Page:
Citation
Pence, Thomas James (1983) The emergence and propagation of a phase boundary in an elastic bar. Dissertation (Ph.D.), California Institute of Technology. http://resolver.caltech.edu/CaltechETD:etd09052006154543
Abstract
This dissertation is concerned with the dynamical analysis of an elastic bar whose stressstrain relation is not monotonic. Sufficiently large applied loads then require the strain to jump from one ascending branch of the stressstrain curve to another such branch. For a special class of these materials, a nonlinear initialboundary value problem in onedimensional elasticity is considered for a semiinfinite bar whose end is subjected to either a monotonically increasing prescribed traction or a monotonically increasing prescribed displacement. If the stress at the end of the bar exceeds the value of the stress at any local maximum of the stressstrain curve a strain discontinuity or "phase boundary" emerges at the end of the bar and subsequently propagates into the interior. For classically smooth solutions away from the phase boundary, the problem is reducible to a pair of differentialdelay equations for two unknown functions of a single variable. The first of these two functions gives the location of the phase boundary, while the second characterizes the dynamical fields in the highstrain phase of the material. In these equations the former function occurs in the argument of the latter, so that the delays in the functional equations are unknown. A shorttime analysis of this system provides an asymptotic description of the emergence and initial propagation of the phase boundary. For largetimes, a different analysis indicates that the phase boundary velocity approaches a constant which depends on material properties and on the ultimate level reached by the applied load as well. Higher order corrections depend on the detailed way in which the load is applied. Estimates for the various dynamical field quantities are given and a priori conditions are deduced which determine whether the phase boundary eventually becomes the leading disturbance.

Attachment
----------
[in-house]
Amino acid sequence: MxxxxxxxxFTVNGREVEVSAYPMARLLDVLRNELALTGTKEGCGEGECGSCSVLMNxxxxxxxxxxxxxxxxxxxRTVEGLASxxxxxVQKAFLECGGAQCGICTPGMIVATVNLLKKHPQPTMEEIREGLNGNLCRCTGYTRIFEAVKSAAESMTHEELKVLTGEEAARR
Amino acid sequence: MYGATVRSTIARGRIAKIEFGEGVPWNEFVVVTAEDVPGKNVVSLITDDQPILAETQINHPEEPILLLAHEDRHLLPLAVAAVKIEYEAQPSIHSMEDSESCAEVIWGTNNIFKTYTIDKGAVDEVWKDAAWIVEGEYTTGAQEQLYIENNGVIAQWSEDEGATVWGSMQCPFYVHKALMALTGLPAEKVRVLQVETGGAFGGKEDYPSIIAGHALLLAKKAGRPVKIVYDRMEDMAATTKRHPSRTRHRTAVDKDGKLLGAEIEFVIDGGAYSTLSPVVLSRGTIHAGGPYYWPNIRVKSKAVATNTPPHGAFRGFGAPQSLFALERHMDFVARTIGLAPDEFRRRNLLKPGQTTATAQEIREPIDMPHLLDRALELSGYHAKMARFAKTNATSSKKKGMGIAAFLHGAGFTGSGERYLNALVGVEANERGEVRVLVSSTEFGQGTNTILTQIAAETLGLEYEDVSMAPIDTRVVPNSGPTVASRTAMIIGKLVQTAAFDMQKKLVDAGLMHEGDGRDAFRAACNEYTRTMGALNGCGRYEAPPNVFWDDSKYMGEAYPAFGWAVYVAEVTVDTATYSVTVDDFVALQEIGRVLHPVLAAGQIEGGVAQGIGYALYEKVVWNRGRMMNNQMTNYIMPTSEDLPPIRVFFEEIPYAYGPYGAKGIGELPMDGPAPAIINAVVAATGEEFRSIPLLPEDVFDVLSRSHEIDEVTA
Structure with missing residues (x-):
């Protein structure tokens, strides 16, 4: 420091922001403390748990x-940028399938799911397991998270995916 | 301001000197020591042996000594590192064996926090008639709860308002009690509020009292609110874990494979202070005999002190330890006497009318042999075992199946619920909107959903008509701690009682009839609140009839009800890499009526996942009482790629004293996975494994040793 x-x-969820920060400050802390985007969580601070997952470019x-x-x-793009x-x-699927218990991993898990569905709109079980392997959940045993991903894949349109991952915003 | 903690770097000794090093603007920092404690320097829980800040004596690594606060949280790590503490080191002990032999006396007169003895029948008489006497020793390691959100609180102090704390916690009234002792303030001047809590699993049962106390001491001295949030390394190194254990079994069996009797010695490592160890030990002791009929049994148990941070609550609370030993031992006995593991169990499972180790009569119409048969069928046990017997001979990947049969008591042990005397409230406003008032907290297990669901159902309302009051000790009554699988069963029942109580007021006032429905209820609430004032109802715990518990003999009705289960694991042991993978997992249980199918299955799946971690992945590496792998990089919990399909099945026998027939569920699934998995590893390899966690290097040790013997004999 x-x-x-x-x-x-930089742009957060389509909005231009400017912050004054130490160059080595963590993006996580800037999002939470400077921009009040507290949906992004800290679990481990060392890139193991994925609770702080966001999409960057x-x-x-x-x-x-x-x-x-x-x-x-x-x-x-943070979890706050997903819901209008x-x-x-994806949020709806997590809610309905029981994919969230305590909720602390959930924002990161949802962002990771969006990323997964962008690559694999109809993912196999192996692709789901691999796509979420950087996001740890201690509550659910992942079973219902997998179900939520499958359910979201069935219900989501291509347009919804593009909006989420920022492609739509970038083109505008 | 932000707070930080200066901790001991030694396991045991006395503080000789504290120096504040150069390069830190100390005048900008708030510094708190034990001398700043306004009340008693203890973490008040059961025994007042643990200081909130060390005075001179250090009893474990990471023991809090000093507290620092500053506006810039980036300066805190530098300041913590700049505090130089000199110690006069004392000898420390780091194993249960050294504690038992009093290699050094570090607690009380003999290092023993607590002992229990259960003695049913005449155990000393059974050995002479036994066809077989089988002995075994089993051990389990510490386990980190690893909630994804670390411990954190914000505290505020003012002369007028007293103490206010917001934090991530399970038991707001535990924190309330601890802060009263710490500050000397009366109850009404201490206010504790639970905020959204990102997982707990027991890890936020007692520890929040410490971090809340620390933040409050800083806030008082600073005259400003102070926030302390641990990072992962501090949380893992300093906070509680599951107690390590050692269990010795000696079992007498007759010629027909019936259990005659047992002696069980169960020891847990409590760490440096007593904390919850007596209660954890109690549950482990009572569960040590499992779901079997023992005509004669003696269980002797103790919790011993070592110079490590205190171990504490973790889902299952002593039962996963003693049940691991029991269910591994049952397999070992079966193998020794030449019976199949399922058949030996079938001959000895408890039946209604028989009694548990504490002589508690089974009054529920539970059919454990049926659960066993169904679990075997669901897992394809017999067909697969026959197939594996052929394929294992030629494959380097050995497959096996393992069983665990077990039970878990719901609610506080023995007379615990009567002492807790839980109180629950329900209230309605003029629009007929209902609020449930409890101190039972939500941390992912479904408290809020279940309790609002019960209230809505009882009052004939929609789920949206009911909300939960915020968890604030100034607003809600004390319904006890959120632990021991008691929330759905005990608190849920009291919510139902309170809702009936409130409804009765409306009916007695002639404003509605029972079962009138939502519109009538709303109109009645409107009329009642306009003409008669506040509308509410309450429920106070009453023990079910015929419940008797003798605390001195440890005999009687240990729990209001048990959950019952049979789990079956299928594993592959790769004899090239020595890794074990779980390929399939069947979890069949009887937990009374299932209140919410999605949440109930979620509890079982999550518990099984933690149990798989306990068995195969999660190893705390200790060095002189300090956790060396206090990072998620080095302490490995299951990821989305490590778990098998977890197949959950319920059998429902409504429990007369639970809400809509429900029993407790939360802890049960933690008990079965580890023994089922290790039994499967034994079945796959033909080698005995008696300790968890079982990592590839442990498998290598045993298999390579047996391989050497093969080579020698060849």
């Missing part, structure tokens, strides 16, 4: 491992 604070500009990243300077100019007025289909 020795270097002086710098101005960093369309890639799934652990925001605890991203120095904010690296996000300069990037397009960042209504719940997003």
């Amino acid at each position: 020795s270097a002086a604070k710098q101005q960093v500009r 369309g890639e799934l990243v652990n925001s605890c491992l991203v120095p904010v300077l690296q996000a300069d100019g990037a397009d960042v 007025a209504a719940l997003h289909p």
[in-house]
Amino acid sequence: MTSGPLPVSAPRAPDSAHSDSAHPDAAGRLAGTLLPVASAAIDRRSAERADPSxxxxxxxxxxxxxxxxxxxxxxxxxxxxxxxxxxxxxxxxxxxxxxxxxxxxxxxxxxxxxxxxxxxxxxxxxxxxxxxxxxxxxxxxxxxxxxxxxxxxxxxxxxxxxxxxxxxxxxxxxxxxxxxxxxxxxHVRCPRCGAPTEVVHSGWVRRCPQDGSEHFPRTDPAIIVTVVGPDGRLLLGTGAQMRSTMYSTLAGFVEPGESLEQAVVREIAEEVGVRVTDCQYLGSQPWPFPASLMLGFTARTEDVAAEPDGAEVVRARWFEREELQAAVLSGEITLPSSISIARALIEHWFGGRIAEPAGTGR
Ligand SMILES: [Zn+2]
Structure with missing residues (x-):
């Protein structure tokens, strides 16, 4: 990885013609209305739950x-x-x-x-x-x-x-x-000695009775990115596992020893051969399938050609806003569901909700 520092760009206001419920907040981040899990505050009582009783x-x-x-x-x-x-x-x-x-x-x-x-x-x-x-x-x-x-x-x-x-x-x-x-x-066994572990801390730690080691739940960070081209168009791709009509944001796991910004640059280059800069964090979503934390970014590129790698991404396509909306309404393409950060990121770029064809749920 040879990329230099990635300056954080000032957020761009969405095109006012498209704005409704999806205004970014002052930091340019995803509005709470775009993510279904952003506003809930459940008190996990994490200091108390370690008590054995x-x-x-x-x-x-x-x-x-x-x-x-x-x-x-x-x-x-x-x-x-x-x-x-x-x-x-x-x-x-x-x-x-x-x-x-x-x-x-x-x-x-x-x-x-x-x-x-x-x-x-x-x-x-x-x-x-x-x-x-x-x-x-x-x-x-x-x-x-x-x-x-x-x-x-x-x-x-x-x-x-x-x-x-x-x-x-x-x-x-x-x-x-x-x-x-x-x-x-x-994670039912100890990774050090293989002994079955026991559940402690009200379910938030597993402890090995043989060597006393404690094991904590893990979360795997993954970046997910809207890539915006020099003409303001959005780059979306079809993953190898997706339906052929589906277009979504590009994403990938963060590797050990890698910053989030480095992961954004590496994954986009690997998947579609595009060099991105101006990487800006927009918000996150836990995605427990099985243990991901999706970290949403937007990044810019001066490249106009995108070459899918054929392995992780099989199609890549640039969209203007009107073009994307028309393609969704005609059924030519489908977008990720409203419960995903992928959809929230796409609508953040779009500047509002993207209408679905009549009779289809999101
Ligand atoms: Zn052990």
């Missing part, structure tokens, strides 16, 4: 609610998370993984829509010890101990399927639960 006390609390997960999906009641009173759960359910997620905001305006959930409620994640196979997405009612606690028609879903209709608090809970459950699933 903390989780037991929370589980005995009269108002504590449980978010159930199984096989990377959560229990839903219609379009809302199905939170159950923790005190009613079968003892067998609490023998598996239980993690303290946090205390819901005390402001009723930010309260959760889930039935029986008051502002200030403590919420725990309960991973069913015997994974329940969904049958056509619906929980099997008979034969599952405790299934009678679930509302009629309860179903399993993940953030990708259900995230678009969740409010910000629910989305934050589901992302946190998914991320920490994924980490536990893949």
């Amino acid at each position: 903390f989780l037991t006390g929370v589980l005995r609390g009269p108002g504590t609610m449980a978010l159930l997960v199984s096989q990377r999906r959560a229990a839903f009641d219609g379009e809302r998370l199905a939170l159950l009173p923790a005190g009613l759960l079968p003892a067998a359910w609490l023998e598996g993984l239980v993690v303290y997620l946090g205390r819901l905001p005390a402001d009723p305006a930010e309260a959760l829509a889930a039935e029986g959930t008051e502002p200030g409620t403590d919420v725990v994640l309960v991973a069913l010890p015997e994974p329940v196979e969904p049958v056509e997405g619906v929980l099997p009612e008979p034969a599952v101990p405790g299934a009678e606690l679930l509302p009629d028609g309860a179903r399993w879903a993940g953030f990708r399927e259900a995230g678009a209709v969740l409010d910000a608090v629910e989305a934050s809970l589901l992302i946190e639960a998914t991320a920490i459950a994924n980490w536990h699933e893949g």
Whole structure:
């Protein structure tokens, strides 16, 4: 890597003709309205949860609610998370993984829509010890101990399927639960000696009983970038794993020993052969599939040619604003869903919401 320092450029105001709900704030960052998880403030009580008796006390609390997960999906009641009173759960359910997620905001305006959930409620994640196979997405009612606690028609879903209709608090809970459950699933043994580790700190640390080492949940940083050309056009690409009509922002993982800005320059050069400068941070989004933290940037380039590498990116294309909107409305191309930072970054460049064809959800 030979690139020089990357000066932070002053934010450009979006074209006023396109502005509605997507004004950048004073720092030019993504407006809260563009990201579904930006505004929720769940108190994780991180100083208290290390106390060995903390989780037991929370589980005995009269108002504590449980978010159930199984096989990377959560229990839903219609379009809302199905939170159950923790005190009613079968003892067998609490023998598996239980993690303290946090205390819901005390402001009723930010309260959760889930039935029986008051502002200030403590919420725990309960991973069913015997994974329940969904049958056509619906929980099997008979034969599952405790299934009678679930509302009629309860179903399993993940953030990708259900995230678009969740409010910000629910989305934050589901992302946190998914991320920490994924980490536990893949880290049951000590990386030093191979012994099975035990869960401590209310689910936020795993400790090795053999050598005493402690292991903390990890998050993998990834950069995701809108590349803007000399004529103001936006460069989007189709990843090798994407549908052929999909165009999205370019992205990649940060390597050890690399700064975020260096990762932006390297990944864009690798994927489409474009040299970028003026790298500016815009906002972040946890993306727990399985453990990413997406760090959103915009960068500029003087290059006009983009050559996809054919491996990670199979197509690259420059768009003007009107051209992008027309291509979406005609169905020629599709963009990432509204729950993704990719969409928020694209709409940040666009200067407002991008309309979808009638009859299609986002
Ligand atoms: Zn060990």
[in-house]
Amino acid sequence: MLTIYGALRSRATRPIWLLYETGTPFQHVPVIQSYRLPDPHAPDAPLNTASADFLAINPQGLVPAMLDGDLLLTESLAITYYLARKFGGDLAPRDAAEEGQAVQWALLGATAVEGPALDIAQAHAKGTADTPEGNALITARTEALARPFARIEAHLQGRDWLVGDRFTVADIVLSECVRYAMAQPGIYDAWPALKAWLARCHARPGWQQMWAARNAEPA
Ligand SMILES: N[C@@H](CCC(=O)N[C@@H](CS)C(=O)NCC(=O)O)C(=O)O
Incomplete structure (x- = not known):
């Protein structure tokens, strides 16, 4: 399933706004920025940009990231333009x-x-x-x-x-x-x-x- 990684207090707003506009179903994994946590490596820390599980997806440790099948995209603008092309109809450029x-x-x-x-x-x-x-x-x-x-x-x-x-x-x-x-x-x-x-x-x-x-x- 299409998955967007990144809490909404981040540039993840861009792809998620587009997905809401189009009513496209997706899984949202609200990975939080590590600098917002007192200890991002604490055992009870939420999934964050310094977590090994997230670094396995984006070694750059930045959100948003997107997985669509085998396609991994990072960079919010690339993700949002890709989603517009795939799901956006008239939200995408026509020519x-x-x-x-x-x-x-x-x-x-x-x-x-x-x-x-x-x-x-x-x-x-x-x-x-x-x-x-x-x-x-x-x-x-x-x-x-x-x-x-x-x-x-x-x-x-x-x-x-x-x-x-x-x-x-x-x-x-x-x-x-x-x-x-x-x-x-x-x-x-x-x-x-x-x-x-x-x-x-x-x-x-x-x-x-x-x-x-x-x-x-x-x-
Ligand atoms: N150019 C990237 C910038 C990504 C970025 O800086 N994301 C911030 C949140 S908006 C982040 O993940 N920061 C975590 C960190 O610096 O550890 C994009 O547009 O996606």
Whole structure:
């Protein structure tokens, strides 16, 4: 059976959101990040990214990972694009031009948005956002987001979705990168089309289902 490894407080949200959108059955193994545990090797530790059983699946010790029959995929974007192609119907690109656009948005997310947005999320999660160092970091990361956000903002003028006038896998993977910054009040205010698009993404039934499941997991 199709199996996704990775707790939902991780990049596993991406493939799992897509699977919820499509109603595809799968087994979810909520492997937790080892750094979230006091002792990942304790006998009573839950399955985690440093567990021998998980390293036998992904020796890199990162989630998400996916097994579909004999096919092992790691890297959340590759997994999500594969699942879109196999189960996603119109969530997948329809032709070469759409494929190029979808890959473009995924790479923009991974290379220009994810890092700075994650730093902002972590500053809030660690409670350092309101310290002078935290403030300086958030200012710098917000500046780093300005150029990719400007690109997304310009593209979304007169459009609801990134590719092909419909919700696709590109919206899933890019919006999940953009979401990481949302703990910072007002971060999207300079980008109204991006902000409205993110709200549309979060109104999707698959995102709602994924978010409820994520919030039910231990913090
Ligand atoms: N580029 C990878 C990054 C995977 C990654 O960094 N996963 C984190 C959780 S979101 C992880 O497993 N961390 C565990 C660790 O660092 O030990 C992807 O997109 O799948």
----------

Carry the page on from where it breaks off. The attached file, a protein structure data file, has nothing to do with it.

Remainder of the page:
Item Type:  Thesis (Dissertation (Ph.D.)) 

Subject Keywords:  Hyperelasticity; Phase boundary propagation; Phase transformation 
Degree Grantor:  California Institute of Technology 
Division:  Engineering and Applied Science 
Major Option:  Applied Mechanics 
Thesis Availability:  Public (worldwide access) 
Research Advisor(s): 

Thesis Committee: 

Defense Date:  1 October 1982 
NonCaltech Author Email:  pence (AT) egr.msu.edu 
Record Number:  CaltechETD:etd09052006154543 
Persistent URL:  http://resolver.caltech.edu/CaltechETD:etd09052006154543 
Default Usage Policy:  No commercial reproduction, distribution, display or performance rights in this work are provided. 
ID Code:  3336 
Collection:  CaltechTHESIS 
Deposited By:  Imported from ETDdb 
Deposited On:  18 Sep 2006 
Last Modified:  26 Dec 2012 02:59 
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